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The Heathman Hotel

    The Heathman Hotel
 in PortlandHistory: 
    The Heathman Hotel
 in Portland


The city of Portland began rather inauspiciously in 1843 when William Overton and Boston lawyer Asa Lovejoy beached their canoe on the banks of the Willamette River. Lacking funds, Overton borrowed twenty-five cents from Lovejoy to stake the claim and promised him a share in the claim in return. Soon bored, Overton sold his share to Frances Pettyjohn, a native of Portland, Maine. Overton and Pettyjohn disagreed on whose hometown would become the inspiration for their newly cleared land and decided to flip a coin – the “Portland Penny”- to settle the issue. Pettyjohn, bested his partner and the die was cast.

Portland’s early years were full of lively characters, such as Sweet Mary, the madam of the town’s floating bordello, and Joseph “Bunco” Kelly, a notorious hotelier who intoxicated local young men and sold them to ship captains in need of crew members. The turn of the last century ushered in an era of considerably more respectability and prosperity. The burgeoning lumber mills made millionaires out of men like Simon Benson, who personally commissioned twenty elegant drinking fountains for the downtown area when he discovered his workers were imbibing alcohol during the day, due to a lack of fresh drinking water.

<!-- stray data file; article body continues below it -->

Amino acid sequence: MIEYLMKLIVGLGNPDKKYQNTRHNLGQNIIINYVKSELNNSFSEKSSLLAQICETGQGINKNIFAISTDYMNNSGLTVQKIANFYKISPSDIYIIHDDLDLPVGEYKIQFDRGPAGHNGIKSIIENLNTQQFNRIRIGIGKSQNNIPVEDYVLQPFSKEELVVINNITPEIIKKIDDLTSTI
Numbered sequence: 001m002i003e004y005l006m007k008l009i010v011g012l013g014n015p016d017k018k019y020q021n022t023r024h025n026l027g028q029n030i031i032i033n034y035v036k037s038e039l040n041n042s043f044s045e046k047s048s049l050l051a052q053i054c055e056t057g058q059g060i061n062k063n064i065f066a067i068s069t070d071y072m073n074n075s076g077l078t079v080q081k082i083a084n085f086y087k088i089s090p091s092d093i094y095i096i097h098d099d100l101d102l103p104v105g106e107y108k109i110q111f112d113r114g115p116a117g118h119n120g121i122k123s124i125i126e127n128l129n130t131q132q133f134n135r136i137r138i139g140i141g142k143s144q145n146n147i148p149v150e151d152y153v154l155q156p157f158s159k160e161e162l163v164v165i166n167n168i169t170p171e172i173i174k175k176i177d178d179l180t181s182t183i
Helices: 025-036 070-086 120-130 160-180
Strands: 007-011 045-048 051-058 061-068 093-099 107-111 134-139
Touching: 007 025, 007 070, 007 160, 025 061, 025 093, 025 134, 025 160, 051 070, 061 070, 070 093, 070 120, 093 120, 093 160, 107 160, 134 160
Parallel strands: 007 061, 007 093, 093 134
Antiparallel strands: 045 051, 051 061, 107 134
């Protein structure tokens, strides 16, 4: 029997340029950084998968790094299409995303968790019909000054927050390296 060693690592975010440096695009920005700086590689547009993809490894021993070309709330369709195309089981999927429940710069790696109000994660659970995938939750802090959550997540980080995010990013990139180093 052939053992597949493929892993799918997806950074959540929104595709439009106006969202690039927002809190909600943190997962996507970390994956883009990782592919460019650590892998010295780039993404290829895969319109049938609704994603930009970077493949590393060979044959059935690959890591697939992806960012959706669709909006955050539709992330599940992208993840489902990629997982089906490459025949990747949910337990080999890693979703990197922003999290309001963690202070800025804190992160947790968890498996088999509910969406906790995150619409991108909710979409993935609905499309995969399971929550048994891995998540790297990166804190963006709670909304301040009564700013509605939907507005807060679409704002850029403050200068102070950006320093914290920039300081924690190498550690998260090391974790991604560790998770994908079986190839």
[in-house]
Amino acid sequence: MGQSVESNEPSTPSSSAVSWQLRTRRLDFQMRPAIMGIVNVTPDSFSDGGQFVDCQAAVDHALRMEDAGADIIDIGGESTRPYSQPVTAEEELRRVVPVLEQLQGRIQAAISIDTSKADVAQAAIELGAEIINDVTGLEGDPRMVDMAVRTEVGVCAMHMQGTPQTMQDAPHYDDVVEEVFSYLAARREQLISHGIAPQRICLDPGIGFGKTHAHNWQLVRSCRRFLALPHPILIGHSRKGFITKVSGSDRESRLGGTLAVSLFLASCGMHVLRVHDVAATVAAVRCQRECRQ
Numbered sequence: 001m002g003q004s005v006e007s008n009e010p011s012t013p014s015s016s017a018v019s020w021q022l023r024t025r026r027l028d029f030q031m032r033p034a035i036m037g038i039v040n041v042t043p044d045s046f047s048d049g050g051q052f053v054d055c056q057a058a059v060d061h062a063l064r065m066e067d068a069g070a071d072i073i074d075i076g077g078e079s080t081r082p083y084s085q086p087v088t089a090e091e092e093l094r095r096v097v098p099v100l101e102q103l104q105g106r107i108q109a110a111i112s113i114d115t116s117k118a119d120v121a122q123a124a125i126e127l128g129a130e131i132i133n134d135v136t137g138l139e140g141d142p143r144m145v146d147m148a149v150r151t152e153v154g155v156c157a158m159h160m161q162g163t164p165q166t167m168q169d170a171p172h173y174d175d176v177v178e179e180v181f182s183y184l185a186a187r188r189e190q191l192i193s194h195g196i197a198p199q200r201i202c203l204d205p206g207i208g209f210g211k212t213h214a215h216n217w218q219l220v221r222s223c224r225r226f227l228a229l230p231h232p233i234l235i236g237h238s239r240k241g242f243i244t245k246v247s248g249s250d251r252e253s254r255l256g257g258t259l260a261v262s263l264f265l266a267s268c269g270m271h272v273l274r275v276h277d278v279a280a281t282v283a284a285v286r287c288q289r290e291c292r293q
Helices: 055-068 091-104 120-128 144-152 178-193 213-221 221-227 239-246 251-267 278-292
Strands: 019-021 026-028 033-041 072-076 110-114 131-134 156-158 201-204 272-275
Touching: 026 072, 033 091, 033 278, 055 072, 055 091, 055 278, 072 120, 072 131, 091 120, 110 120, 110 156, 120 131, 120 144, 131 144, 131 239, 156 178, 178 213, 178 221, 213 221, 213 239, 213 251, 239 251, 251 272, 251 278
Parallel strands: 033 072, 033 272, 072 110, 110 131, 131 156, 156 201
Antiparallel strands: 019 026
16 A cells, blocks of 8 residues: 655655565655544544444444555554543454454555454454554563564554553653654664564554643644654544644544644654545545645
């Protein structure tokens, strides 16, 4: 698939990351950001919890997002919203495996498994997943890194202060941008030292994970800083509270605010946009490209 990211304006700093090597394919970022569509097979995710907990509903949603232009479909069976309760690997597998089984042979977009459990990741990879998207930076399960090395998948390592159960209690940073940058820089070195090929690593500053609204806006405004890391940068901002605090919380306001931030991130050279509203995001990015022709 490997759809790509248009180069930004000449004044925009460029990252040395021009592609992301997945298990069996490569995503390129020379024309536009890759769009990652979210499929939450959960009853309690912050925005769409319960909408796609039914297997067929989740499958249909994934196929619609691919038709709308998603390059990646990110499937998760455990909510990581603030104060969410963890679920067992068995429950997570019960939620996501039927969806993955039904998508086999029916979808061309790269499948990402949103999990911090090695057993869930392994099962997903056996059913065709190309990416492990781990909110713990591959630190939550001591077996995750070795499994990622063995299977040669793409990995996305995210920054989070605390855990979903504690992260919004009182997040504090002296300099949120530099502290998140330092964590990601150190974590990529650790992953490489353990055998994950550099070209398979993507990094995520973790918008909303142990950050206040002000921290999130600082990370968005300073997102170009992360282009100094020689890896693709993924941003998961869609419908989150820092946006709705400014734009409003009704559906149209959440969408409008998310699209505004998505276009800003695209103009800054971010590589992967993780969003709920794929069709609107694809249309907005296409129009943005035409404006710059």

The Heathman Hotel has remained a cultural fixture since opening in 1927, welcoming travelers to Portland with timeless hospitality bound in tradition and a rich appreciation of the arts. Today, nearly a century later, the Heathman has begun a new chapter under a gleaming renovation that pays homage to the city’s beloved history and the hotel’s role as muse to generations of travelers.

The Heathman Hotel, a member of Historic Hotels of America since 1991, dates back to 1927.

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